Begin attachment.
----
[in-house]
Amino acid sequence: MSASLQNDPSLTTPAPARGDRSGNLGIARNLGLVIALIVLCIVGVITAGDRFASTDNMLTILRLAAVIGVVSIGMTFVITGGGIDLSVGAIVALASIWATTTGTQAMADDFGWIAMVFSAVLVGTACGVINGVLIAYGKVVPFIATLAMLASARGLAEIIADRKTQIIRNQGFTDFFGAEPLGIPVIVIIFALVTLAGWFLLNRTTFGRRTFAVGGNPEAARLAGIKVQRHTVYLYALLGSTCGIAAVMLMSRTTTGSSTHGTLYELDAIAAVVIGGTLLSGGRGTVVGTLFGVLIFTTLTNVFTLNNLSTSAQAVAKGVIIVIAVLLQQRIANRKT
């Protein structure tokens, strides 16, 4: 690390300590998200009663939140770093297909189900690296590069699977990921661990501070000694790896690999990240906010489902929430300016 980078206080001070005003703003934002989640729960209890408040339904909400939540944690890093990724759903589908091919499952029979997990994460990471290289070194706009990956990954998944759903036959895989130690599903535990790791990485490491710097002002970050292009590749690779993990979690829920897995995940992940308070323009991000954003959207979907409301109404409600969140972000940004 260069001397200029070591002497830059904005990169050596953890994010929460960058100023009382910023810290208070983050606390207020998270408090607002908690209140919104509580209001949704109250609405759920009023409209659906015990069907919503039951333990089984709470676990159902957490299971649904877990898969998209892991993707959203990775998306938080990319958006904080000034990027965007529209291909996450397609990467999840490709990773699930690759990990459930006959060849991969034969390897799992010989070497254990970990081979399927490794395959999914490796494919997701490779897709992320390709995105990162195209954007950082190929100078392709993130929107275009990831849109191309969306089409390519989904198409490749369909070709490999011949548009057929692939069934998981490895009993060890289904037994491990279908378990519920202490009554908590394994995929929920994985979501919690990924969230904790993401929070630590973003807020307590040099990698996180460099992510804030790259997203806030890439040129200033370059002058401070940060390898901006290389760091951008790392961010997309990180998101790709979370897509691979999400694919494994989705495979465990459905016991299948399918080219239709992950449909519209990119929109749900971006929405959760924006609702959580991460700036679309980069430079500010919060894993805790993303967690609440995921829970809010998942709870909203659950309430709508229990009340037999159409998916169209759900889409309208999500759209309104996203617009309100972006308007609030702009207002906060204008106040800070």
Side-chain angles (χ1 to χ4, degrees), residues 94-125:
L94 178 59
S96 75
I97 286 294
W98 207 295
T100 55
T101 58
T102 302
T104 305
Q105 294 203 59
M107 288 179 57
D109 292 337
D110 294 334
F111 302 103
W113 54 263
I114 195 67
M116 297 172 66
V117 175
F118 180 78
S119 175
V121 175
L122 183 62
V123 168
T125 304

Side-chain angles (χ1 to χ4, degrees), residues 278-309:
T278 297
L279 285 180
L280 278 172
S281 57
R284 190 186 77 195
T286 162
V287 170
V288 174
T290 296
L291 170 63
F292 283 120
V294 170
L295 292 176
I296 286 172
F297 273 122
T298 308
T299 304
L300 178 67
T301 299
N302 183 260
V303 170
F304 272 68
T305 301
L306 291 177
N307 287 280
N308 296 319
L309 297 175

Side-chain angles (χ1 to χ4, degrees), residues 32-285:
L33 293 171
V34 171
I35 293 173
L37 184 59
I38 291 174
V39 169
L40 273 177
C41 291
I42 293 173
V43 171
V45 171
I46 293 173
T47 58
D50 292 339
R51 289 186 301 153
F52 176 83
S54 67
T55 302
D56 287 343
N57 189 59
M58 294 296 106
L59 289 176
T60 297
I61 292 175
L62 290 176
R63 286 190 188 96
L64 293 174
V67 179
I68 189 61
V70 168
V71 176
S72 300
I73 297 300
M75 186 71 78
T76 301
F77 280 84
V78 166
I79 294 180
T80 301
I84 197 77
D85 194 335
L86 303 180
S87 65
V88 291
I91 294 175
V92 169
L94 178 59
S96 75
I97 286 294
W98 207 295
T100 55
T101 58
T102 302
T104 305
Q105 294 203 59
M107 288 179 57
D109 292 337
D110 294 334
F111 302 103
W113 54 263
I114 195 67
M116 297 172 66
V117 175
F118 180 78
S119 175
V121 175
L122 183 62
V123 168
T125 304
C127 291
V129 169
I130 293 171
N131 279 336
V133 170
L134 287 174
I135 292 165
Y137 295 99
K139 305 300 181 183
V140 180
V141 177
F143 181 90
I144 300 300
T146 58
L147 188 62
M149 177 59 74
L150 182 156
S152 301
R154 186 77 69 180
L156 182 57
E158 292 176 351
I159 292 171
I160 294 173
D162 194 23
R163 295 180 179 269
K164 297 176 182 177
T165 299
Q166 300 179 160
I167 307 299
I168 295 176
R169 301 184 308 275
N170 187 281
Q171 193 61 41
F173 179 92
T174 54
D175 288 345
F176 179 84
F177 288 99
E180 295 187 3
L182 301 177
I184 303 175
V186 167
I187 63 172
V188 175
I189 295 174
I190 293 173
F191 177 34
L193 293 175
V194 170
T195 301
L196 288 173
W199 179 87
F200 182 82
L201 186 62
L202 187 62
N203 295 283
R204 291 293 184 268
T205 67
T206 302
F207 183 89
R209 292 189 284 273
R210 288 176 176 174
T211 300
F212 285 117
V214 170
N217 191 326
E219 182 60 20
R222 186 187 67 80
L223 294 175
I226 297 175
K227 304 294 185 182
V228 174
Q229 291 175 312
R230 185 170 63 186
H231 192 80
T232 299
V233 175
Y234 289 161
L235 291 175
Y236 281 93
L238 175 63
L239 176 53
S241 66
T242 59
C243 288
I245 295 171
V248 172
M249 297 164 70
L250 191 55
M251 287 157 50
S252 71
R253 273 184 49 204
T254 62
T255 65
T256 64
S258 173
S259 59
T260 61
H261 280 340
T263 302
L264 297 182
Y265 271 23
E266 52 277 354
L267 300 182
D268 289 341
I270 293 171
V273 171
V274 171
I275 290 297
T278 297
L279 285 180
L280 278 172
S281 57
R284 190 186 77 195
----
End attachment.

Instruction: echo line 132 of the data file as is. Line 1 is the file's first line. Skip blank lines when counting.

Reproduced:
I135 292 165